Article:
sara sang

I have taught college for eighteen years. Everything in this article — and the other article about how some students’ tuition is used to subsidize other students — is true. It is true that colleges and esp. state universities insanely waste vast amounts of money. Yet my heart sinks into my feet at the thought of the banks taking over student loans again — they are after nothing but profit, and will completely economically cripple graduates with interest rates. The same is true for Romney’s support of for-profit schools — they are run only for profit, not education, and students will spend tens of thousands on a piss-poor education. Romeny talks out of both sides of his mouth ALL the time about “big government” vs. the private sector. All it means is he wants to cherry-pick and then bray about his choices. Make no mistake: the conservatives want the next generations to be stupid, ignorant, uneducated, and completely immobilized by debt.


One of my sons completed his under graduate degree at a private university. It was expensive, but he got a great education. Since then he entered and completed a for profit school to complete a doctorate program. He not only finished the program, but finished in the top portion of his class and with a huge debt. True to form the program promised quick employment and potentially high earnings. Both proved to be false. I doubt he will within a reasonable time be able to repay his loans. I realize this may be a bit off topic, however, I am going to continue. Both groups have discussed the student loan failure being similar to the sub-prime mortgage market and subsequent housing failure. My thoughts if we, the tax payers of this nation, are again going to bailout any large financial organization again. Either let them fail or the bailout should perhaps include foregivness of student loans at least down to a reasonable level with any balance carrying a reasonable interest rate. Ok, I know I strayed. I simply feel this is another example of predatory practices by not just private, but all university level and above schools and their financial institution partners. I graduated from a public funded university 43 years ago. My entire 4 years costs were approximately equal the cost of one or two semesters in todays educational system. Fact it education has taken a back seat to profit at all levels. Sad situation. Maybe and hopefully one of the candidates ideas will work to kill this for profit motive on behalf of the higher education system and bring cost down to a point that is affordable for all.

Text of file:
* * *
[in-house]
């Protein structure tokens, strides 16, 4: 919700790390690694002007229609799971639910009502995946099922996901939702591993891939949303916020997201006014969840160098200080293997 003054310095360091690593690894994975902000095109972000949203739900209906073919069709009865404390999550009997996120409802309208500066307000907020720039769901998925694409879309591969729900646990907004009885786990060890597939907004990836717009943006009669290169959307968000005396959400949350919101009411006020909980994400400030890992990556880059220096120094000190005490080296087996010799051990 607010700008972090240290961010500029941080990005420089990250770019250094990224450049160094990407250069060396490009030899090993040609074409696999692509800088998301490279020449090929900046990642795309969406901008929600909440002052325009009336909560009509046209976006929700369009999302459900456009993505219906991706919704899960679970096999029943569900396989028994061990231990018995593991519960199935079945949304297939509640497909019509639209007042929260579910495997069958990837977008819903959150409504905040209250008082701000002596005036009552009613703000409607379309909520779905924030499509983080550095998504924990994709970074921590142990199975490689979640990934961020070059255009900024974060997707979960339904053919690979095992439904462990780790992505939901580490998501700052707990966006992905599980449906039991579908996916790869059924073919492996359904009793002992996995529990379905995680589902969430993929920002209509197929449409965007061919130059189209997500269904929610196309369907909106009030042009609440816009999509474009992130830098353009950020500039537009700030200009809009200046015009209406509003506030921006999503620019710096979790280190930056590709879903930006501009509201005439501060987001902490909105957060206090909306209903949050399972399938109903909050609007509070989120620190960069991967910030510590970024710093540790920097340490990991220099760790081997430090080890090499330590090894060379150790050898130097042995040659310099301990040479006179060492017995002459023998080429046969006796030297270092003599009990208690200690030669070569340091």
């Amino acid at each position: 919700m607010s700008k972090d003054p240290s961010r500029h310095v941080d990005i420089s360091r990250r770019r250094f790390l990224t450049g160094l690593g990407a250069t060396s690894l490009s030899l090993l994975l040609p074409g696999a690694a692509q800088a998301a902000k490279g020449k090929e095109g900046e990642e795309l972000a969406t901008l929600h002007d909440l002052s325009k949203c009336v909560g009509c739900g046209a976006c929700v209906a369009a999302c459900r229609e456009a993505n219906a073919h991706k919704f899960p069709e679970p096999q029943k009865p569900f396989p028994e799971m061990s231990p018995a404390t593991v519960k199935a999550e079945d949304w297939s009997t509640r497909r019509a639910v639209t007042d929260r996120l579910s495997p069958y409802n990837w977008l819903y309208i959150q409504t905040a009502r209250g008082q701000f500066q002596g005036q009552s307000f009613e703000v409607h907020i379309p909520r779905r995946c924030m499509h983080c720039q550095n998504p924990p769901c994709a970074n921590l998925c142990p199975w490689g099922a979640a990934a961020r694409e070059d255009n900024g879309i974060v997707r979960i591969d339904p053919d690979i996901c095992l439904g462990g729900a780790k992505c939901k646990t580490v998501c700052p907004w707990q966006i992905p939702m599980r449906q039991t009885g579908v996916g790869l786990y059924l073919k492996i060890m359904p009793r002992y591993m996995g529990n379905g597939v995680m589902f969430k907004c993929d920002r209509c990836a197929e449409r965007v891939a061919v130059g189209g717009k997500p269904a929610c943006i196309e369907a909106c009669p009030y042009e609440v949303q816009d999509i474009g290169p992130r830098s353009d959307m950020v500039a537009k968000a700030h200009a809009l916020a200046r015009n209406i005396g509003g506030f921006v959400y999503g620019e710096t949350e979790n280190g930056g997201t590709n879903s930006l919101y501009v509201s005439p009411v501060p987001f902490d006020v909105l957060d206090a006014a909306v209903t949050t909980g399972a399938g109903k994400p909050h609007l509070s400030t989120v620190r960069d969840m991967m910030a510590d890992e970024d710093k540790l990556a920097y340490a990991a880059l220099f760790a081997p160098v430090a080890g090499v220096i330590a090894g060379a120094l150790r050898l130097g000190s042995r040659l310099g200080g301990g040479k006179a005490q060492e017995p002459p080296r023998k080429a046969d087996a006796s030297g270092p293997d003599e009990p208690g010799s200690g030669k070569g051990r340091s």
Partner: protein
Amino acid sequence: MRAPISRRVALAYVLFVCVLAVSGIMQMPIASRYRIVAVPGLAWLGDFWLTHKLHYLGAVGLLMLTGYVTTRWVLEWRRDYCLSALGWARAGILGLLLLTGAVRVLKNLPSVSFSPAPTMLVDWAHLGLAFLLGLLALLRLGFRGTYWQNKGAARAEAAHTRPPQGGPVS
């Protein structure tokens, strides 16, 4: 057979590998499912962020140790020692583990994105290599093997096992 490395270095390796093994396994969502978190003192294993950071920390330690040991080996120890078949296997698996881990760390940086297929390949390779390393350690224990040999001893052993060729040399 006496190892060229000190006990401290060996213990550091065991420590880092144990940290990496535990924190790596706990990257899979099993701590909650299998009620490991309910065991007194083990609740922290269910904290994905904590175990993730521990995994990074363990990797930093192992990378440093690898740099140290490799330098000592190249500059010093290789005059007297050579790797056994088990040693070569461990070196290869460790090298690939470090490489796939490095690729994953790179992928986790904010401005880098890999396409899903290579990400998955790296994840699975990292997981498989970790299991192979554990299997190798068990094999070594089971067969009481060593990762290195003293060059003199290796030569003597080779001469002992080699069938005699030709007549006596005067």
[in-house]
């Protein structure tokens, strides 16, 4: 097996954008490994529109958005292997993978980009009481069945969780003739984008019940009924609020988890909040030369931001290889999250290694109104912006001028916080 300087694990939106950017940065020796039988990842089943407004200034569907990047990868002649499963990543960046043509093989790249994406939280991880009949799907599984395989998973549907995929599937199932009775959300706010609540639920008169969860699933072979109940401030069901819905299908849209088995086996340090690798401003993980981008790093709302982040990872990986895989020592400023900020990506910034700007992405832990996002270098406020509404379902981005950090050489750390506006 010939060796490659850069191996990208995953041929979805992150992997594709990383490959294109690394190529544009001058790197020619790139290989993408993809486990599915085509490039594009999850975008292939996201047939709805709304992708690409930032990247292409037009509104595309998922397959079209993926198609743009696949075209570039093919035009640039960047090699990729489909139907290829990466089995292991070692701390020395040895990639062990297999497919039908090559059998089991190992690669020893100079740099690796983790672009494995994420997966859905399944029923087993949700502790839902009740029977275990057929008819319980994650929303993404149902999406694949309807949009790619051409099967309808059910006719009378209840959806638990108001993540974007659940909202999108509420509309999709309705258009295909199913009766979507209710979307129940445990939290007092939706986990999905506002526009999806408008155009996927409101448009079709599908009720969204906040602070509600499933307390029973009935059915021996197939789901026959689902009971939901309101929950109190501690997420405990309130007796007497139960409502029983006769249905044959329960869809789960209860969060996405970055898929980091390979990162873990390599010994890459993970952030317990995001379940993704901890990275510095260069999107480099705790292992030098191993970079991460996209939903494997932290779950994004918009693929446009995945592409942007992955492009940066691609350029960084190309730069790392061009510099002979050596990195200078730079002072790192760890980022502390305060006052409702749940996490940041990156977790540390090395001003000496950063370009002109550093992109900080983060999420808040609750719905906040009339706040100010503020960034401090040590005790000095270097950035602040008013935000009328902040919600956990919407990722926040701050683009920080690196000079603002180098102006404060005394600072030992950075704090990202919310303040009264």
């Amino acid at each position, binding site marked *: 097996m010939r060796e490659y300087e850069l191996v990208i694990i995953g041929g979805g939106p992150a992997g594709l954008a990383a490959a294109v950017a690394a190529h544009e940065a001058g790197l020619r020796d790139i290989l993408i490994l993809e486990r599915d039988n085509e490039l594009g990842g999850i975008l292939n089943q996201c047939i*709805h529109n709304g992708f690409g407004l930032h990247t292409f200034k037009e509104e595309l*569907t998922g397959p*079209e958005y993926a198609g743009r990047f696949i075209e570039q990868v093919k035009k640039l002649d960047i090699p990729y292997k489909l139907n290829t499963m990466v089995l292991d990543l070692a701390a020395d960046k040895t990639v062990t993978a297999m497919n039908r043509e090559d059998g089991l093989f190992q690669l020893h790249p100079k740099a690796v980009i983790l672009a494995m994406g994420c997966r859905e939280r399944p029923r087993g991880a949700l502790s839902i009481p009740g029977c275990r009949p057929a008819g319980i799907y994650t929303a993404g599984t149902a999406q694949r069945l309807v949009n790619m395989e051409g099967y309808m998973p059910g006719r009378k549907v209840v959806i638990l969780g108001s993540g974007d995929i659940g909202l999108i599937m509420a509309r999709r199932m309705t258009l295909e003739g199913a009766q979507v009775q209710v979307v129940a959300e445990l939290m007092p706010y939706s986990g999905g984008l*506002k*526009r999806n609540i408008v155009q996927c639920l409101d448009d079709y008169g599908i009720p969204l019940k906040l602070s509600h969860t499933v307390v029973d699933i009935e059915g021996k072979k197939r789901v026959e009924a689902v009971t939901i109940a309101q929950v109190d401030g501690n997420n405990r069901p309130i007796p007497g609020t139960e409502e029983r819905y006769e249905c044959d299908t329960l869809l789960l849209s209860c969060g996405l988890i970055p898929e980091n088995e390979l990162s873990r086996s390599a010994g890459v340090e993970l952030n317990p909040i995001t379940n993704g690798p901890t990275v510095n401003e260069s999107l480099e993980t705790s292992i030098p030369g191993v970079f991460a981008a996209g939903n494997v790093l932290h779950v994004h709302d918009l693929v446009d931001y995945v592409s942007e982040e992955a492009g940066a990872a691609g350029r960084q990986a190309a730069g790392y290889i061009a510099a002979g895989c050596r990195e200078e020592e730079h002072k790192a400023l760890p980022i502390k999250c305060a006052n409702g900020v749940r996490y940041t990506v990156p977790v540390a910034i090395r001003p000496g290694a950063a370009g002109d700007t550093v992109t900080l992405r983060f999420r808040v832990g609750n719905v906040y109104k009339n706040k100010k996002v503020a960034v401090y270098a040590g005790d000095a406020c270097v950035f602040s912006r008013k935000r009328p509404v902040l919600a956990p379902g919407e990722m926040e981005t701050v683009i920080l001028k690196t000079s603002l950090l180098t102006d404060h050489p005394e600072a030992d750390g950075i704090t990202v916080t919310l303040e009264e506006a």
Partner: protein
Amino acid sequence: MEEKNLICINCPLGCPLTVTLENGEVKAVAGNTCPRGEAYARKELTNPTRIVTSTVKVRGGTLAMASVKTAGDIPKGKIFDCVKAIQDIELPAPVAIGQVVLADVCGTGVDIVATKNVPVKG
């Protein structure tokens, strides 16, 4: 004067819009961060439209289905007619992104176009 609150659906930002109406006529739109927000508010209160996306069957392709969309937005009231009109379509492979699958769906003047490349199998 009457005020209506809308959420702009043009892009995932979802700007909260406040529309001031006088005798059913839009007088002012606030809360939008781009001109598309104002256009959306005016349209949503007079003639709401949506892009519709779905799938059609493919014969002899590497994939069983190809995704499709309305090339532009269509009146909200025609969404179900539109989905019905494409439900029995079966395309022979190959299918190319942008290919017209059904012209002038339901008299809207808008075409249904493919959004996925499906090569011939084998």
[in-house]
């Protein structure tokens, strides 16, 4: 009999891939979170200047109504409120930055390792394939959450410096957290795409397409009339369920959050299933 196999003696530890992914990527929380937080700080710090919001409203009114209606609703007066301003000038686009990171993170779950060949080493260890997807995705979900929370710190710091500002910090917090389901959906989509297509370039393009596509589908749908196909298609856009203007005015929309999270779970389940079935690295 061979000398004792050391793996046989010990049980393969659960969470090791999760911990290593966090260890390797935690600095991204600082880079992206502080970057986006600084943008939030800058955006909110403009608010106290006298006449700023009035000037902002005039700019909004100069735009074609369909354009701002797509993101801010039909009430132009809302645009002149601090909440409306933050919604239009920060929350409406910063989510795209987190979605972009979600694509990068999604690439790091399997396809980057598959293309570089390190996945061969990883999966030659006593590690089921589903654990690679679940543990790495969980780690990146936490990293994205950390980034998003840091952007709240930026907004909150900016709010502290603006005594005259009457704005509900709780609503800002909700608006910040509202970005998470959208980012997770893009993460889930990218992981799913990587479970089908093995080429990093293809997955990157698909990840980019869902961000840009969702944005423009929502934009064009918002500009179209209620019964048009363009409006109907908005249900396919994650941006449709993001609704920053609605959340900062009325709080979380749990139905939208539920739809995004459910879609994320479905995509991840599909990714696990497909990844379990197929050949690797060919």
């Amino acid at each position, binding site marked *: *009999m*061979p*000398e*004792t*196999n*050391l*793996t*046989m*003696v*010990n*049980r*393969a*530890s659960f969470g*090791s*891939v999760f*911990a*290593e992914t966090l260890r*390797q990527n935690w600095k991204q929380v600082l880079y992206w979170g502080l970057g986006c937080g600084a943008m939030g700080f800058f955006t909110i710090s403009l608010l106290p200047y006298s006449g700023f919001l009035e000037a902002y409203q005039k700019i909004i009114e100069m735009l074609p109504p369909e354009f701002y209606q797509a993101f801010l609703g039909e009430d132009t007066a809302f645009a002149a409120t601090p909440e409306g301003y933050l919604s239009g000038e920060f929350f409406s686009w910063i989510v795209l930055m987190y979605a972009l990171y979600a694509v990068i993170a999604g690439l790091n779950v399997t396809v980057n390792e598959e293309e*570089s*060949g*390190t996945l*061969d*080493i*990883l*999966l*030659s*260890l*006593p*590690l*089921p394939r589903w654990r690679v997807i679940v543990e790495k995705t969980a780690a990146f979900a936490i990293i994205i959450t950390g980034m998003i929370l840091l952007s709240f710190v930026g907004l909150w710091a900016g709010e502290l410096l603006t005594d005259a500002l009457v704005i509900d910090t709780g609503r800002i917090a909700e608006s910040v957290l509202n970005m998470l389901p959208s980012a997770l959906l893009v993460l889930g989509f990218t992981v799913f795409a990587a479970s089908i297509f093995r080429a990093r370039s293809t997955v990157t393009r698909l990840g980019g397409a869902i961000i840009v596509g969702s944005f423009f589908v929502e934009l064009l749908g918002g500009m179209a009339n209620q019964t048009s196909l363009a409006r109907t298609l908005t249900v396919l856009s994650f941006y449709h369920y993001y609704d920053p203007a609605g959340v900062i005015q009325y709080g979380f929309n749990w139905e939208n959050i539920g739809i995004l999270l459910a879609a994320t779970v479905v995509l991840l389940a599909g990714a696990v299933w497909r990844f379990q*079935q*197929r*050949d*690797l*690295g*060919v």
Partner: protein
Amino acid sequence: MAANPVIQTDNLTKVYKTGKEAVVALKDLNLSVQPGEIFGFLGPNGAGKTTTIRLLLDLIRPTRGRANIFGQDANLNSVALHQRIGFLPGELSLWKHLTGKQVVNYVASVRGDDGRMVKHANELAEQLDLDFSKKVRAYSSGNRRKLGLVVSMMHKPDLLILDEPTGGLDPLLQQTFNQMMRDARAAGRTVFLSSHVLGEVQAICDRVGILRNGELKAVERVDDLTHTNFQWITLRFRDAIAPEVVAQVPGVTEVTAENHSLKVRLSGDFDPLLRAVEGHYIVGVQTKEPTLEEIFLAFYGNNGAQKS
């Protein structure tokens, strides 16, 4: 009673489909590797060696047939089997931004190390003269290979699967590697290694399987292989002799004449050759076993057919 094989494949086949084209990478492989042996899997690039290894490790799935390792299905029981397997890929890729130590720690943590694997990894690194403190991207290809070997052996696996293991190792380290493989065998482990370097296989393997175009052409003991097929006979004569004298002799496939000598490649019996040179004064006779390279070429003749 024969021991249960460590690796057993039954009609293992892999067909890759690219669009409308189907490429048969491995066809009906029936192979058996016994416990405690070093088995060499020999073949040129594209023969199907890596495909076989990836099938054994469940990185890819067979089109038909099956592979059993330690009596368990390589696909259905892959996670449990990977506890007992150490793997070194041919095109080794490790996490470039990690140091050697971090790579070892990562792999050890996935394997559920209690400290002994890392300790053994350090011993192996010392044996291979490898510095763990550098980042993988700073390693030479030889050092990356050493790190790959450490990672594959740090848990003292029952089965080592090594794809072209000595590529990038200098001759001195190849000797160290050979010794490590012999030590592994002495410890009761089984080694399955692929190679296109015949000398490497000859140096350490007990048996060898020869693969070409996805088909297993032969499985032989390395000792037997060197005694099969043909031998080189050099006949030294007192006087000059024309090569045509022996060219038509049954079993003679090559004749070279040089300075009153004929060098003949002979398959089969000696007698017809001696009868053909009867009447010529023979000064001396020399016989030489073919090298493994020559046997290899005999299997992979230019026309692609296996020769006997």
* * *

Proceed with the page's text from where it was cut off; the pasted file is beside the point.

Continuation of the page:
lola johnson

i WOULD LIKE TO SEE EDUCATION AT A POINT where all people could acquire their education without putting them in debt. The problem those who have the money and foreign exchange students make it nearly impossible for the average income to get an education . Also with the high demand they have up the acores that lose a lot of good students. Some of us know the wsubject well but taking tests lowers that score and that means a lot of good students are very well qualified. I still remember my education I was good but some of my scores were not as high yet you could verbal give me the same test without the pressure and O had a high score. A mother read everything to her son and was given verbal test and his score was over whelming. I also believe it does not matter what race you are we are all Americans and I am so tired of hearing minority or whatever their should be no discrimination. Please do not believe Obama he only cares about himself and he will promise everything and prodice nothin.

Jason Kelling

$8B USD is a horrible additional tax burden.

Everyone has the option of “opting down” to a cheaper school if they can’t cover their six-figure loans. Cost benefit analysis has to be done before undertaking a 85k degree that is only going to pay you 2k/year more than a 20k degree, but nobody wants to do that. The “I want my high-priced degree so I can go work as a public school teacher (or salary equivalent)” mentality is absurd. My degree was paid off on far less than one year of salary. I didn’t pay as much as many of my “peers” but I’m still sitting in a 6-figure job. Furthermore, anyone thinking they are entitled to “free” or subsidezed college is more than welcome to go enlist. GI Bill will take care of those loans for you.